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I am aware of the relationship between the eigenvalues of a matrix and the matrix square (being the eigenvalues squared) but what relationship, if any, is there between the eigenvectors of the matrix and its square? Does it depend on what type of matrix i.e. hermitian, unitary etc?

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    $\begingroup$ Any eigenvector of $A$ is an eigenvector of $A^2$. $\endgroup$ – Lord Shark the Unknown May 26 '17 at 17:05
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If A is a linear transformation from vector space V to itself, with eigenvalue $\lambda$, there exist a non-trivial vector v, such that $Av= \lambda v$. Then $A(Av)= A(\lambda v)$. So $A^2v= \lambda (Av)= \lambda(\lambda v)= \lambda^2 v$. That is if $\lambda$ is an eigenvalue of A then $\lambda^2$ is an eigenvalue of $A^2$.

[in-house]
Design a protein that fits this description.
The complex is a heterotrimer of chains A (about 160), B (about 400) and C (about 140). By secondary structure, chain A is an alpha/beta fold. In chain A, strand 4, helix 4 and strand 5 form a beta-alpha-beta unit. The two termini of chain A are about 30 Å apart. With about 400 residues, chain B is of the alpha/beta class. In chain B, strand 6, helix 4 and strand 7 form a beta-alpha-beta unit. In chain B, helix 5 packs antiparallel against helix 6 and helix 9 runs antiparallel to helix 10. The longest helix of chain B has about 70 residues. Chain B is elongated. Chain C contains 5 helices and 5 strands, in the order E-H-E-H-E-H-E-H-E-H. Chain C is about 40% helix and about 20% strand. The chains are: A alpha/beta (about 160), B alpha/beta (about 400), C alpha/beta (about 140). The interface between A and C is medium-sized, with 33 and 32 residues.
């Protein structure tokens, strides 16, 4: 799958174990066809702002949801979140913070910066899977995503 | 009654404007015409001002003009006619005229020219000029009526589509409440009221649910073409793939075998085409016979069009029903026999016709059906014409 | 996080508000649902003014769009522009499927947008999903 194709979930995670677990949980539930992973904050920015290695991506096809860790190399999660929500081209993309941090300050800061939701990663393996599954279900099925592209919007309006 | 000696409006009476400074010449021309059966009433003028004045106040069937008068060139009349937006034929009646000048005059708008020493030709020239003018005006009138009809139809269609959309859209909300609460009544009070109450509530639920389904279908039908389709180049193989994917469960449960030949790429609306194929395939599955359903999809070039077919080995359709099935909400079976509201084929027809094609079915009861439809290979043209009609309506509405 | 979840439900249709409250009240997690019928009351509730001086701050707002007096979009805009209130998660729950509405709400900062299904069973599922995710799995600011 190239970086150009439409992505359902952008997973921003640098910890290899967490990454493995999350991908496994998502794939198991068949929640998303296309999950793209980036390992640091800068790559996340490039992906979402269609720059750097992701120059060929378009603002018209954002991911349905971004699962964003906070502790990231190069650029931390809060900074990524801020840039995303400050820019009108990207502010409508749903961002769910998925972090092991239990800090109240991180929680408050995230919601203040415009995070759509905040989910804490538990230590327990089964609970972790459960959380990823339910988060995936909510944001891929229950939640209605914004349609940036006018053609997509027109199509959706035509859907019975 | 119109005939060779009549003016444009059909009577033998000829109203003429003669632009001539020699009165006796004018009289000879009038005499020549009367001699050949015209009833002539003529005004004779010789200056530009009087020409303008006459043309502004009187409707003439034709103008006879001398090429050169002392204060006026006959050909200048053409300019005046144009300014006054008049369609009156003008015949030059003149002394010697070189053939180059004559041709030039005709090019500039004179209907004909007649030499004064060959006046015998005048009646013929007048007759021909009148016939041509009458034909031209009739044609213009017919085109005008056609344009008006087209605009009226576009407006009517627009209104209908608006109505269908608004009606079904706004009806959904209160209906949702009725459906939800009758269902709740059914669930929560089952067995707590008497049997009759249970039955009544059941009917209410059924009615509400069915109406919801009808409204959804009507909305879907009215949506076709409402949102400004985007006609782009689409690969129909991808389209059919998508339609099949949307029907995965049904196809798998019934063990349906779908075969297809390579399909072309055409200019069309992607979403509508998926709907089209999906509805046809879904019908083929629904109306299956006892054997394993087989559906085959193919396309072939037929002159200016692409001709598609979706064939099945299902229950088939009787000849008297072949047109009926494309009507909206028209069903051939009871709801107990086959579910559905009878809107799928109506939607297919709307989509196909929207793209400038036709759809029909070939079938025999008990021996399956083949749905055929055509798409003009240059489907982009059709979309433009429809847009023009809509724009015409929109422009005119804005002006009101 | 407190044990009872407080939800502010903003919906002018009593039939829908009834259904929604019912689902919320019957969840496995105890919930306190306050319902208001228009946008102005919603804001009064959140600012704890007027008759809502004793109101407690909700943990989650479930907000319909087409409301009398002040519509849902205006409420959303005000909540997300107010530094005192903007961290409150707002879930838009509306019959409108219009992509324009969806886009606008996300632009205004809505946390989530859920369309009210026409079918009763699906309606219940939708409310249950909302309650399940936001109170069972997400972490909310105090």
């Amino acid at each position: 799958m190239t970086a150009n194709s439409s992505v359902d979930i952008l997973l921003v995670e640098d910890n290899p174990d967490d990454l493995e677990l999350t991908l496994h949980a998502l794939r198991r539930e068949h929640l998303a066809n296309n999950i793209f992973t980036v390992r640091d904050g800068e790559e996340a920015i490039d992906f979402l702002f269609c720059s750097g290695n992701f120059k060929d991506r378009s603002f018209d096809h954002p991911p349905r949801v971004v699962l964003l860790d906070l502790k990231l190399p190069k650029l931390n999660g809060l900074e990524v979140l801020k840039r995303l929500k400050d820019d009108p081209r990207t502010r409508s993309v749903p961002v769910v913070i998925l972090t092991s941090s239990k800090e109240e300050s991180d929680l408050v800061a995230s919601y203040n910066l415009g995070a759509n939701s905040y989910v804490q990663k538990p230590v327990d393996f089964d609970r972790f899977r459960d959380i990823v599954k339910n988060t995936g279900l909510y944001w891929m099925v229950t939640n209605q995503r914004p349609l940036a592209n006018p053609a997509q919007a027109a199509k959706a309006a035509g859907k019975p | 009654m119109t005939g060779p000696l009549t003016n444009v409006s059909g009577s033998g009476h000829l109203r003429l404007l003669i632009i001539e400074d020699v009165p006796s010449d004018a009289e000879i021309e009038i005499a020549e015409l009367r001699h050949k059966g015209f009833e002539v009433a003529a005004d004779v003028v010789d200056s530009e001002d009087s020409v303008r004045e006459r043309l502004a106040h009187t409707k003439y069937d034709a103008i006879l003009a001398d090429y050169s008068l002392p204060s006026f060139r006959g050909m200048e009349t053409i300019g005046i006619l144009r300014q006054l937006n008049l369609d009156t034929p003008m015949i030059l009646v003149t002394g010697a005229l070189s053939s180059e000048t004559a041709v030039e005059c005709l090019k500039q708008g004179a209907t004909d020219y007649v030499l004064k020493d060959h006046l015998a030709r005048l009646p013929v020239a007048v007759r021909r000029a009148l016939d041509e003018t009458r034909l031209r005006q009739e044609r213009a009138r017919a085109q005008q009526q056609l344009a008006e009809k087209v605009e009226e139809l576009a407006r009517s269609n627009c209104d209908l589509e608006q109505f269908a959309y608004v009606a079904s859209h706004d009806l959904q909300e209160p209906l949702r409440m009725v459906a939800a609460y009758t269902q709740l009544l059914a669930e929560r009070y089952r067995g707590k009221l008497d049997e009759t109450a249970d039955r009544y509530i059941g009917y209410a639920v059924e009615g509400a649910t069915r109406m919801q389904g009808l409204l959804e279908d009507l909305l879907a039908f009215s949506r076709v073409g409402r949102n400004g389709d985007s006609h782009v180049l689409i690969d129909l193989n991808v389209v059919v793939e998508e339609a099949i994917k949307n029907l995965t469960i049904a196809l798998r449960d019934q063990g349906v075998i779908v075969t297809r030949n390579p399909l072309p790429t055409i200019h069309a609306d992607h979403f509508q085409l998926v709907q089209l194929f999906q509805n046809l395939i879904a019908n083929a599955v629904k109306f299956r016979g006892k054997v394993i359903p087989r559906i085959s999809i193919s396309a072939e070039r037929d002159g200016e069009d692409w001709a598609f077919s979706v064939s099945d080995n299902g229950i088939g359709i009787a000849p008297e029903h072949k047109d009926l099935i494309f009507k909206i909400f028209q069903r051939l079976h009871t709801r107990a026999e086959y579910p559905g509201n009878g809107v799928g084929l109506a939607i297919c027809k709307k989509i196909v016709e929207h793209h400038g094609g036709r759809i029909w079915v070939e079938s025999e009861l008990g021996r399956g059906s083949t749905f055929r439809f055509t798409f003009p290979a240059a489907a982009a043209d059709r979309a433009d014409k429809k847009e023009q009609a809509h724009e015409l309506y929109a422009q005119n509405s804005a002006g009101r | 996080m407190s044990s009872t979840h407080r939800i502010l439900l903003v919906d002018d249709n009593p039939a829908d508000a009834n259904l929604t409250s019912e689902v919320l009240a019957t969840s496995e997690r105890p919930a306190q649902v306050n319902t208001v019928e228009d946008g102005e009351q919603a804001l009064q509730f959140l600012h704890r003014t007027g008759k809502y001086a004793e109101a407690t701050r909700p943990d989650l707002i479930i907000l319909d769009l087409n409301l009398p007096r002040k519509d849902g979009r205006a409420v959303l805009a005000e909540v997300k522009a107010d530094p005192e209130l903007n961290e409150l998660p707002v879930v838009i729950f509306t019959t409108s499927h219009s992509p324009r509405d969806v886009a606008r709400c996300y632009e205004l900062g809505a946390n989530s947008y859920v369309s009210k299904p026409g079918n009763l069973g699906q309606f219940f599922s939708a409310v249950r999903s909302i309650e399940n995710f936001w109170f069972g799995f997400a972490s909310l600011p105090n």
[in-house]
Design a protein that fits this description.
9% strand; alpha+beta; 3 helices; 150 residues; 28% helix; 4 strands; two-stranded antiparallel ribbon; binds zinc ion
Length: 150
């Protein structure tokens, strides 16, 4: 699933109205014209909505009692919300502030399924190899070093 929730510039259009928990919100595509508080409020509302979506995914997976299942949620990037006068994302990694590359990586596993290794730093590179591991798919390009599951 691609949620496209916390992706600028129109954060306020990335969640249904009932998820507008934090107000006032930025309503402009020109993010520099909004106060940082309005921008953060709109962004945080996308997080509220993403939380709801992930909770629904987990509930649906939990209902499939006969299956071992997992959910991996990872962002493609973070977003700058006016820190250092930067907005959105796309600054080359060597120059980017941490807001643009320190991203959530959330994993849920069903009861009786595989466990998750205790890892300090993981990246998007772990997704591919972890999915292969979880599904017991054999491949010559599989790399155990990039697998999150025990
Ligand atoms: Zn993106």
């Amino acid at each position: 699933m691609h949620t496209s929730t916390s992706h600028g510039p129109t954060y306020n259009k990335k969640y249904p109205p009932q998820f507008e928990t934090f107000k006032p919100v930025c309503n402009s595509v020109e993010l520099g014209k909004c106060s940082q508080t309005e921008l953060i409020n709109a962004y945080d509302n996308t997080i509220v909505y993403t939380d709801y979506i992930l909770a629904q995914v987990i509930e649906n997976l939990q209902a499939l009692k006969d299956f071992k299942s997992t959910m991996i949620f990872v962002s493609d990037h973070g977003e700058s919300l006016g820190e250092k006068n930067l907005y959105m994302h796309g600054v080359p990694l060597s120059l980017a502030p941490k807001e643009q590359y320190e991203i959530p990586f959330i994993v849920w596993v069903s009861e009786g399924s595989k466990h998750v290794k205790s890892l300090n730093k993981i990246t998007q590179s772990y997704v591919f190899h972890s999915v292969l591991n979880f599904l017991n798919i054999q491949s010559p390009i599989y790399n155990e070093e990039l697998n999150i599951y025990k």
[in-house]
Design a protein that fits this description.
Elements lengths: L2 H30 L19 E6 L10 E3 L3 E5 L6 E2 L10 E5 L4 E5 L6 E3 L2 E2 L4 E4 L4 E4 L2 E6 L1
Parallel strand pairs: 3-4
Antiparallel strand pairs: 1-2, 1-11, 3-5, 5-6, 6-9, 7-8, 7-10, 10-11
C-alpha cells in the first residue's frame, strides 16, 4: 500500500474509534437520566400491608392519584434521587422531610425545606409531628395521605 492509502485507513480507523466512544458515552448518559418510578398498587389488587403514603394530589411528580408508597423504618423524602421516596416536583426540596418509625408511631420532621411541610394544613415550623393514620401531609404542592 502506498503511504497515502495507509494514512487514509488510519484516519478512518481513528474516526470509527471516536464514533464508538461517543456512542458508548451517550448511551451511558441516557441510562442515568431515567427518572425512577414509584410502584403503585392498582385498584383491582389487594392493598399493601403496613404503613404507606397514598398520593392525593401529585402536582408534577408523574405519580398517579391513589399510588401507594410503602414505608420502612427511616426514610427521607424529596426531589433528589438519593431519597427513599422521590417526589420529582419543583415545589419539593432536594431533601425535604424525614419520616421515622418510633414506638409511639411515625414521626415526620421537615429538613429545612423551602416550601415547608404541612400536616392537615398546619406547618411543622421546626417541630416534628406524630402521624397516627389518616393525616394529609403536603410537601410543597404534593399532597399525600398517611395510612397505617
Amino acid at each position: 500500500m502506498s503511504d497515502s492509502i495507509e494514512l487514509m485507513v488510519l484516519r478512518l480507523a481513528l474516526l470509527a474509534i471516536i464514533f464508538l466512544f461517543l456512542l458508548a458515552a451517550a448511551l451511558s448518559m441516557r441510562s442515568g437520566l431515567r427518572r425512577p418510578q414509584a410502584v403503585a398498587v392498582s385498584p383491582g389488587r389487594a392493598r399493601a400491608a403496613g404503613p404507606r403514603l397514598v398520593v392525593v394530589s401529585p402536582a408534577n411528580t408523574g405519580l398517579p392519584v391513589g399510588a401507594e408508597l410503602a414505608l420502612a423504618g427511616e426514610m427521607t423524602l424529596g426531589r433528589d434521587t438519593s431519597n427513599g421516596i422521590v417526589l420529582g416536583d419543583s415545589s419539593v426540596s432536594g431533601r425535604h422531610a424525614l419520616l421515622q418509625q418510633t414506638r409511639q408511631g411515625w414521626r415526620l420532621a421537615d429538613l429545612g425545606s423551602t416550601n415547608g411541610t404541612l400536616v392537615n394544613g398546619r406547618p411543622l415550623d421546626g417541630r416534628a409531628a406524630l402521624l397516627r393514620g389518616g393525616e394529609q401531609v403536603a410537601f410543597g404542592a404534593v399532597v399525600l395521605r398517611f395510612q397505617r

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  • $\begingroup$ It's worth noting that an eigenvector of $A^2$ doesn't need to be an eigenvector of $A$, keeping in mind nilpotent matrices and generalized eigenvectors. $\endgroup$ – Roland May 26 '17 at 17:23
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By the definition of eigenvector, which is sent by the matrix in a scaled version of itself, you see that doing this twice (or any amount of times you want) still respects the condition. And it is easy to see, as you have pointed out, that the new eigenvalue is the power of the original eigenvalue with as exponent the number of times you apply the matrix.

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